# High t-val for one explanatory variable, while the other has a significant coefficient. How to interpret???

I have question with some results I'm working with.

Model: avg_score = β0 + β1(nonwhite) + β2(hhold_avginc) + u

For some background, I'm seeing if average income and race influence state standardized test scores. And I got the results displayed in the attached tables. There are two different tables for each test type (math and language arts). Also should point out that in the tables, subgroupid stands for the explanatory variable 'nonwhite'.

So, my understanding is that in both cases, hold_avginc shows insignificant coefficients, but has high t-values. So it shows that the error terms are correlated with the independent variables. Right? So should I go ahead a do a two-stage least squares regression analysis? But I guess since the nonwhite variable is significant, I'm not completely sure if that's what I should do.

Initially I was going to just point out the significance I found in the nonwhite variable, but that was before I noticed the high t-values.

Thank you in advance. I really just need guidance in what comes next...and how.

• You got the interpretation of the p-value mixed up: a small p-value corresponds to significant, while a large p-value to nonsignificant. So income has a significant effect, while white is not significant. It is also impossible to reach different conclusions when looking at the t-value and the p-value; one is fully determined by the other. So when you draw different conclusions, you know you have made a mistake. Commented May 1, 2018 at 6:16
• thank you for responding. So my understanding is that the opposite is true from what i initially said: hold_avginc is significant while subgroupid is not, correct? I think I might be a little confused by your last statement of drawing different conclusions. Could you elaborate? Commented May 1, 2018 at 6:23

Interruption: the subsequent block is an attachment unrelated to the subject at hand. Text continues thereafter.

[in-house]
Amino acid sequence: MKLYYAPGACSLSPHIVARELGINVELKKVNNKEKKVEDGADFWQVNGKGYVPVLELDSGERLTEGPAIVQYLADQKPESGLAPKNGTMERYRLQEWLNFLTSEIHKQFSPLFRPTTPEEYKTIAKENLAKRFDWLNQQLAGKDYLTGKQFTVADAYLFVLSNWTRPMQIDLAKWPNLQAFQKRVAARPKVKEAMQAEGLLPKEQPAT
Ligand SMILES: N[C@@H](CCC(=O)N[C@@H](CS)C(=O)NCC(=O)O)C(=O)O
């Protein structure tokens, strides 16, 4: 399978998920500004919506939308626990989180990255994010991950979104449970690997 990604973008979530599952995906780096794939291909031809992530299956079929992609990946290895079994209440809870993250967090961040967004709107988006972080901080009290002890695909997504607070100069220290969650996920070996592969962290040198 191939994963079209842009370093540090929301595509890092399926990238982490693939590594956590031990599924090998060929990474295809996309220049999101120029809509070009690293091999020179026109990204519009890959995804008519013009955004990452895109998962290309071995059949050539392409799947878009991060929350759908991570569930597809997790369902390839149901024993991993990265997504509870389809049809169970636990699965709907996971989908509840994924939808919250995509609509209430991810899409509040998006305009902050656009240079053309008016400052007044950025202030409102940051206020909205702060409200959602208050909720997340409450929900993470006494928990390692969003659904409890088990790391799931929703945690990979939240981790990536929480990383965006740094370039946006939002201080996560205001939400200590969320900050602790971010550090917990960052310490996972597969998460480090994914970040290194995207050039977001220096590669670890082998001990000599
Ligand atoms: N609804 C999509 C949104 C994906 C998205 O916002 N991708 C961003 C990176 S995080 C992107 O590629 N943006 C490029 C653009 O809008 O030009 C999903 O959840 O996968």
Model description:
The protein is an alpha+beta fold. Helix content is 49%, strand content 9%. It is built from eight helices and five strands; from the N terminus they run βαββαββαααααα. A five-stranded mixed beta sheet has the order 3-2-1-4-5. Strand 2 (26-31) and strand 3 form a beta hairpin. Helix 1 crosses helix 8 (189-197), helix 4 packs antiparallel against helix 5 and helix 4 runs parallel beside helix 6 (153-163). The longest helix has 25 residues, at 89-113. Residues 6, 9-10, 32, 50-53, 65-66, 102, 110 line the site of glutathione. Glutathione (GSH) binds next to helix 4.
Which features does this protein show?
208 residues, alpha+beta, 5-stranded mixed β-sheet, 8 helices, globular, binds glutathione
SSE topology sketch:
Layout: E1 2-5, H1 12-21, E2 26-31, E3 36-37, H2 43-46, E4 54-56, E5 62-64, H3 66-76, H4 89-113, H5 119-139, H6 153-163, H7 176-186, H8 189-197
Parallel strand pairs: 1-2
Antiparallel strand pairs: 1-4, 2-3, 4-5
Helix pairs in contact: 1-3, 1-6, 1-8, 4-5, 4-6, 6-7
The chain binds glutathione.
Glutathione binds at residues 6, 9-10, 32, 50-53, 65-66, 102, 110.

• Yes, you had things backwards. Commented May 1, 2018 at 10:47
• If you know the t-valu and the degrees of freedom, than you can look the p-value up in a table (typically there is one at the end of any introductory statistics book). So there is a one to one relationship between the t-value and the p-value. So any conclusion based on the t-value must be the same as the conclusion based on the corresponding p-value. They contain the exact same information. Commented May 1, 2018 at 10:55
• I am unable to understand your subgroupid . How do you code - non whites and whites ? Are you working on categorical variable + a continuos multicategory variable(household income). which regression model did you implement for the results. Moreover, please state your specific hypotheses - 1, 2, 3 etc. Regression analysis does not always and in all situations give you valid results.
– user10619
Commented May 1, 2018 at 12:31

• The p-value for subgroupid is high because it's confidence interval covers zero. Please note your individual t statistic measures if each coefficient against zero.
• hold_avginc is significant because it's standard error is much lower than the other predictor. Thus, there's sufficient evidence that the true coefficient is not zero.

I suspect your variables might not be on the similar scale. You have a variable that is over 2000 in coefficient.

• Oh alright that makes sense. Thank you. Not too sure what you mean when you say that the variables are not on a similar scale. If by that you mean that they are completely different measures then, yes. Subgroupid is meant to represent non-white ethnicities, while hold_avginc is average household income levels. Commented May 1, 2018 at 6:07
• Also, sorry to add on to this...but if you were trying to present this data, do you think further analysis needs to be made? For example, 2SLS or something like that? Sorry my questions are basic. I'm relatively new to stats. Commented May 1, 2018 at 6:09
• @sandral What analysis do you want to present? Commented May 1, 2018 at 6:13
• So my research paper is trying to examine if the causal variables of non-white ethnicity and household income impact average test scores. I am using data from a county, and looking at the average test scores in each district, and also using average income levels for each district. Ultimately, to see if there is evidence of inequality in education bc these variables influence the test scores they get. If that makes sense. I am just not too sure if the results I got from this regression will be enough evidence to support it . Commented May 1, 2018 at 6:18